Bioresonance - Fact or Fallacy? An Evidence-Based Approach
Am I mad? Few if any establishment scientists would dare to give any credence to the claims about bioresonance, radionics, or that whole area in which organic life is said to be affected beneficially by distant non-chemical influences by applying electromagnetic waves at specific frequencies and intensities, let alone to seek funding for its rigorous investigation. I am certainly not attempting the latter. In stepping into these muddy waters, I fear I may be immersing myself in an ocean of doubt, testimonial evidence, conflicting practices, unsupported value judgements, gobbledygook, and all that is abhorrent to the scientific method.
One reason for my insanity is that if there turns out to be a grain of truth in this hope of a science, then its benefit to the public health services would be immeasurable, against a background of telemonitoring for the elderly, long waiting lists for surgical and other interventions, and the failure of medical practice to deal with neurodegenerative diseases like Alzheimer’s, Parkinson’s, not to mention cancer and Aids. Is there any bedrock connecting bioresonance to the body of established scientific knowledge? Are there any peer reviewed studies to support the claims of bioresonance? Is there anywhere a plausible biological exposition of the mechanisms at work? Is there any clinical trial to demonstrate its effectiveness?
Having spent two decades persuading scientists, Government and the public at large that the electromagnetic fields and radiations emanating from powerlines and cellphones in our ordinary lives can adversely affect health (even now not fully accepted, but increasingly evident from peer reviewed studies), it might seem at first illogical that I should now be considering its obverse. Nevertheless, over the last century, there has been a persistent stream of pioneers practising a variety of such techniques – Dr Albert Abrams, Dr W Boyd, Georges Lakhovsky, Royle Rife, Ruth Drown, De La Warr, Bruce Copen, Hans Brugemann, Robert Becker, Paul Schmidt, Cyril Smith, Jean Munro and Dr Hulda Clark to mention but a few – and claiming success. Most of them have been pilloried and marginalized for their claims.
The Pioneers and their Techniques
A convenient starting point is San Francisco in 1916, when Dr Albert Abrams, an enormously wealthy medical doctor practising in the city, published his revolutionary book.
Ernest Rutherford had not long before isolated the electron and fractured the atom, transmuting gold into lead. Before then JJ Balmer had shown, in 1885, that the frequencies for some of the lines observed in the emission spectrum of atomic hydrogen could be expressed with a completely empirical relationship, later extended by J Rydberg, who produced a simple equation to describe hydrogen’s spectral lines. Further theoretical work by others, such as Niels Bohr, made one thing clear: the laws of physics do not hold in the microworld of the atom, and that the motion of an electron has a wave aspect (l = h/p, proposed by de Broglie in 1923).
Abrams was quick to realize that medicine was not based on the organ or the cell but rather on the molecule or atom and its component electrons, hence simultaneously inventing molecular biology and electronic medicine. Today’s free radicals, so prevalent as causes of organic disease are nothing more than unpaired electrons unstable enough to damage DNA. Since most of free space is permeated with electrons, albeit in the biosphere associated with their gaseous atoms like nitrogen and oxygen, and since electrons are negatively charged, they will all be mutually repulsive. This means that if any single electron moves, it will influence another to do the same, in the manner of Newton’s cradle. There is no energy needed to do this, since their incessant spin around their atoms provides electrons with all the energy necessary for the transferred position. Such physical effects are at the basis of all radiofrequency radiation, and are the means by which radio receivers collect their signals.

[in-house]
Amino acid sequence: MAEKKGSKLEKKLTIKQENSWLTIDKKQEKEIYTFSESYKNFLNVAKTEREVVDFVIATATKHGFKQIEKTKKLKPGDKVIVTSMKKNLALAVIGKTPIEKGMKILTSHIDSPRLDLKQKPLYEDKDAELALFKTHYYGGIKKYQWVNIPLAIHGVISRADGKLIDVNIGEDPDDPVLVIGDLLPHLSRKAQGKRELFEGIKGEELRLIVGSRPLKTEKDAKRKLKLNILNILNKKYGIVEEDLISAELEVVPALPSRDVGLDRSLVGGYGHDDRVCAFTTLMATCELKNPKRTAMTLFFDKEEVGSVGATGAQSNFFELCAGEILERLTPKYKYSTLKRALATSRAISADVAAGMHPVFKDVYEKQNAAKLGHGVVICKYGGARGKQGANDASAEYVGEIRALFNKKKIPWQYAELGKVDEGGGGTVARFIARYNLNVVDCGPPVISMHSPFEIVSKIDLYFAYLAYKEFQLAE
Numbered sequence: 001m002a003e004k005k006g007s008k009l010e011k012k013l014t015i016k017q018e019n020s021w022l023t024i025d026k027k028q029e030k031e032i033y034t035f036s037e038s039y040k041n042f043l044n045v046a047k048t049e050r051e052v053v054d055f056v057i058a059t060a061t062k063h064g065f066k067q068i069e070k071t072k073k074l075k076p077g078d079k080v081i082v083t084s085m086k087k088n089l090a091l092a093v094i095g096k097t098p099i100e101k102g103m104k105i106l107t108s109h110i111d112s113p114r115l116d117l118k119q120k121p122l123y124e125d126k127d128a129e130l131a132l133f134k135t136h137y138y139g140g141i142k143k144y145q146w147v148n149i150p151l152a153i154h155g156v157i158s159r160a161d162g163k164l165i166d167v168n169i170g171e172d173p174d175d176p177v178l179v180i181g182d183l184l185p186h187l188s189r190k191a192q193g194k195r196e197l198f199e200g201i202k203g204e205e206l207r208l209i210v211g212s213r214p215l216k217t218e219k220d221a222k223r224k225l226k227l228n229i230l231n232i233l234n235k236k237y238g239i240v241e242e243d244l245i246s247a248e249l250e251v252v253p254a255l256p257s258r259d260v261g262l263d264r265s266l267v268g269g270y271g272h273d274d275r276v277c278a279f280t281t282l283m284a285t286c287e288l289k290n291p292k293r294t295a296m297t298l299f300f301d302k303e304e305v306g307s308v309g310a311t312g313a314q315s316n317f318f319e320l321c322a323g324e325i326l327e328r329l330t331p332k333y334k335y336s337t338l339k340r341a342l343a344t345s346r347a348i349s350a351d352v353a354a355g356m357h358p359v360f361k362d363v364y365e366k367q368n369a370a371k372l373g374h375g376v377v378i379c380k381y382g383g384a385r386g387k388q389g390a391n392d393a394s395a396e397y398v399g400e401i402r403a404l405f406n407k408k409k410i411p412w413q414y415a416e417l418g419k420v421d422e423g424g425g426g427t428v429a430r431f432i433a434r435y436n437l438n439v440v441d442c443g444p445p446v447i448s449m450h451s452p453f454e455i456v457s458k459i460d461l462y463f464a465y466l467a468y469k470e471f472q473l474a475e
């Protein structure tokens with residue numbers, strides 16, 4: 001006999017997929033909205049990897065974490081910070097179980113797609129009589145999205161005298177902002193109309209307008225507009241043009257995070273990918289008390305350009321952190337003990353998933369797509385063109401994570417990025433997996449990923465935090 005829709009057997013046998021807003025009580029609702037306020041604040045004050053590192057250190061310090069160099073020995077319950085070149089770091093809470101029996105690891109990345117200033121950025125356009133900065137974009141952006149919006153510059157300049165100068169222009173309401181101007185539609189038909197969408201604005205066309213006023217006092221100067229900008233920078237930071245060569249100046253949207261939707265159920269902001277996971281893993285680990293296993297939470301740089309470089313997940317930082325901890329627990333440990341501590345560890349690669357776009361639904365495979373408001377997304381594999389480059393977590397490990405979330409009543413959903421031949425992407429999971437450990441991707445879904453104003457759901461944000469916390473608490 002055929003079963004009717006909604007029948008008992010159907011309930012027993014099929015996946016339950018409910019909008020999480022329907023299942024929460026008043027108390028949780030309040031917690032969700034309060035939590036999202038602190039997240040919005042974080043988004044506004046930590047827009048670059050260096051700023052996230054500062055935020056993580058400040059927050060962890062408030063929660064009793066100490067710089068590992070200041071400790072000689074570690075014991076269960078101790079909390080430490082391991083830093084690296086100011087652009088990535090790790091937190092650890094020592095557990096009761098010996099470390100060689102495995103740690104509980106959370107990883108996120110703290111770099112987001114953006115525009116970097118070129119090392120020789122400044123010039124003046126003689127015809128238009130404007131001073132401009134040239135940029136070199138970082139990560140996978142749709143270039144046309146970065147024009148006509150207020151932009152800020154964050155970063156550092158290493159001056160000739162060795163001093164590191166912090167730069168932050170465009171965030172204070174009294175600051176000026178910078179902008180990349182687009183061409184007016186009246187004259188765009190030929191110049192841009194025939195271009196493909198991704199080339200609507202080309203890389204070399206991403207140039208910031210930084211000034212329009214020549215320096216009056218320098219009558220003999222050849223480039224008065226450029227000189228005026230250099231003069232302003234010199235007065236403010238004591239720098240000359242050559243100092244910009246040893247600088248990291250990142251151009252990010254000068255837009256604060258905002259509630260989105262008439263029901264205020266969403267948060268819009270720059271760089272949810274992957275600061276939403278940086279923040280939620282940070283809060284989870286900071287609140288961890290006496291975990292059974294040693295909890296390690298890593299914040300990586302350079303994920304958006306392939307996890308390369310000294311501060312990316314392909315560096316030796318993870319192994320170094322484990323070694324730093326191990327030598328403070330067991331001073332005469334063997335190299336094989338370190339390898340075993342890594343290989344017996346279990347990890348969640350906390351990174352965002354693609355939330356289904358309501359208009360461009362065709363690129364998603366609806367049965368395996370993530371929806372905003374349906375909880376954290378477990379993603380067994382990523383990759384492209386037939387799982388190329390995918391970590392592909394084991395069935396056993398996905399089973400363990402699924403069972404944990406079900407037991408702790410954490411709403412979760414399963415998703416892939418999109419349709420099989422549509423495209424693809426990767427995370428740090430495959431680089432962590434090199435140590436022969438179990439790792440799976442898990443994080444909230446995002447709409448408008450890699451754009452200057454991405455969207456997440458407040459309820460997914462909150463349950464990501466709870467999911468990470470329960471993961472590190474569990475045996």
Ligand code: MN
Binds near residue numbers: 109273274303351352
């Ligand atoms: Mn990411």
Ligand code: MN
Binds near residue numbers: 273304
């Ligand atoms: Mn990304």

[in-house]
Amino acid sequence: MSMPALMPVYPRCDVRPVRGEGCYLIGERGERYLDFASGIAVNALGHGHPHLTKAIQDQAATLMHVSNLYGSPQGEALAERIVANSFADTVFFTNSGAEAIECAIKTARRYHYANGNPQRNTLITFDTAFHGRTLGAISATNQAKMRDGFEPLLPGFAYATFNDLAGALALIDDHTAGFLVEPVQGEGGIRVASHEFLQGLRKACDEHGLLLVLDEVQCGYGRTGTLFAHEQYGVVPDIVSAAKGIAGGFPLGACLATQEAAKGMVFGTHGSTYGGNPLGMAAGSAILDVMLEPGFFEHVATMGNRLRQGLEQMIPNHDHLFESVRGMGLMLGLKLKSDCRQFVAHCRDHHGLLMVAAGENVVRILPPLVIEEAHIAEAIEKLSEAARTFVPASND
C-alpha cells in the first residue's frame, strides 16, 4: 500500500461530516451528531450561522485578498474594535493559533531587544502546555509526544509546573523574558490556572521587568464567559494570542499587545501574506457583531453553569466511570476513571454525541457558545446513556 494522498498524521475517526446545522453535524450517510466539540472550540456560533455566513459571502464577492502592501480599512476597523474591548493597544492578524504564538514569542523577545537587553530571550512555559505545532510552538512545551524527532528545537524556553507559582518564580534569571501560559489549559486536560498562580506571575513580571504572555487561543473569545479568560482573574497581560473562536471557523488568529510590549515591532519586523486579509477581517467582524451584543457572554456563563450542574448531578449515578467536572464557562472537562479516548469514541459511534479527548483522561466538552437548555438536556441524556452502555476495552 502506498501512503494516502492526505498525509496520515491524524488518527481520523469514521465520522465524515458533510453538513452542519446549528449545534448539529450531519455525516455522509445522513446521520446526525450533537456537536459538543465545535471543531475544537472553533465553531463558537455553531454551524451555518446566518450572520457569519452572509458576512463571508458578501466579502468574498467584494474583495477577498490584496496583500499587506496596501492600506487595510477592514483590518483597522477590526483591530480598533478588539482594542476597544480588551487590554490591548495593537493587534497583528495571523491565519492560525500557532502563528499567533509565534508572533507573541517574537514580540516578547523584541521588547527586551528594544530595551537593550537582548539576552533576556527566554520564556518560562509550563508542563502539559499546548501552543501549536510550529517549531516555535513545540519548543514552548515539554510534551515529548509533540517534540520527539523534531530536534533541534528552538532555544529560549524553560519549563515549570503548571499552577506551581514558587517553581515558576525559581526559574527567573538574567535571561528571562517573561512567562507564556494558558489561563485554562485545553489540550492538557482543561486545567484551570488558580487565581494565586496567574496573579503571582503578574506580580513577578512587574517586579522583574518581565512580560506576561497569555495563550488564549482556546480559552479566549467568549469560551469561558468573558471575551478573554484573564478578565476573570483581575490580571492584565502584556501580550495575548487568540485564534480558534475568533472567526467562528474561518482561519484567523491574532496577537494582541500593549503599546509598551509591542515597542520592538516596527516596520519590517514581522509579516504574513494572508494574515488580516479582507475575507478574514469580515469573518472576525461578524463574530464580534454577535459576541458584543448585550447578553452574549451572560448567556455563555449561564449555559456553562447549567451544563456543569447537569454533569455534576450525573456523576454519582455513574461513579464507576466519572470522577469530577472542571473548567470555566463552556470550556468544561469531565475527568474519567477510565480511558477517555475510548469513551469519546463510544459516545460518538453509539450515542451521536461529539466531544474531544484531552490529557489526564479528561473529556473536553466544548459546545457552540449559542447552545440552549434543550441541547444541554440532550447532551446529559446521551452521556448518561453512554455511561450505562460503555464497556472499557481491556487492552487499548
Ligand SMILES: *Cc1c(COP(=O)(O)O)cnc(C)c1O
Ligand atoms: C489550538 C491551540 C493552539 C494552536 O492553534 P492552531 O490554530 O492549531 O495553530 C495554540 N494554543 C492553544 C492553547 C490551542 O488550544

The most efficient means of collecting radio signals is when the receiving antenna is the same size, or a simple binary submultiple (‘harmonic’) of the length of the transmitting antenna. These frequencies are inevitably related to the length of the incoming wave by the formula f (frequency in Hz) = c (the speed of light in metres per second) / l (wavelength in metres).
For example, our mains electricity has a frequency of 50 hertz, and a wavelength of 6,000 kilometres: 50Hz = 3 x 108/ 6 x 106 metres.
For this reason TV aerials have ‘fishbones’ much closer together than radio antennae, since their wavelengths are shorter. Since the most efficient antenna shape is helical, one cannot but help speculate that DNA itself is an efficient biological aerial for receiving signals from the brain, or from the DNA in another nucleus. Moreover, since all receivers are also transmitters when energy is imparted to them, DNA would also, in such circumstances, willy nilly act as a transmitter too. All this seems a long way from our present ideas of lock and key type membrane ligands and receptors, or voltage gated channels, but such a paradigm shift would be a faster and more elegant system than nervous conduction or electrochemical signal transduction, on which most of today’s molecular chemistry is based.
Whether or not Sir James Barr, a former president of the British Medical Association in those days, had any full understanding of radio engineering is moot, but he certainly supported Abrams’ concepts, making this astonishing prophesy in the BMJ more than 70 years before the advent of cellphone telephony):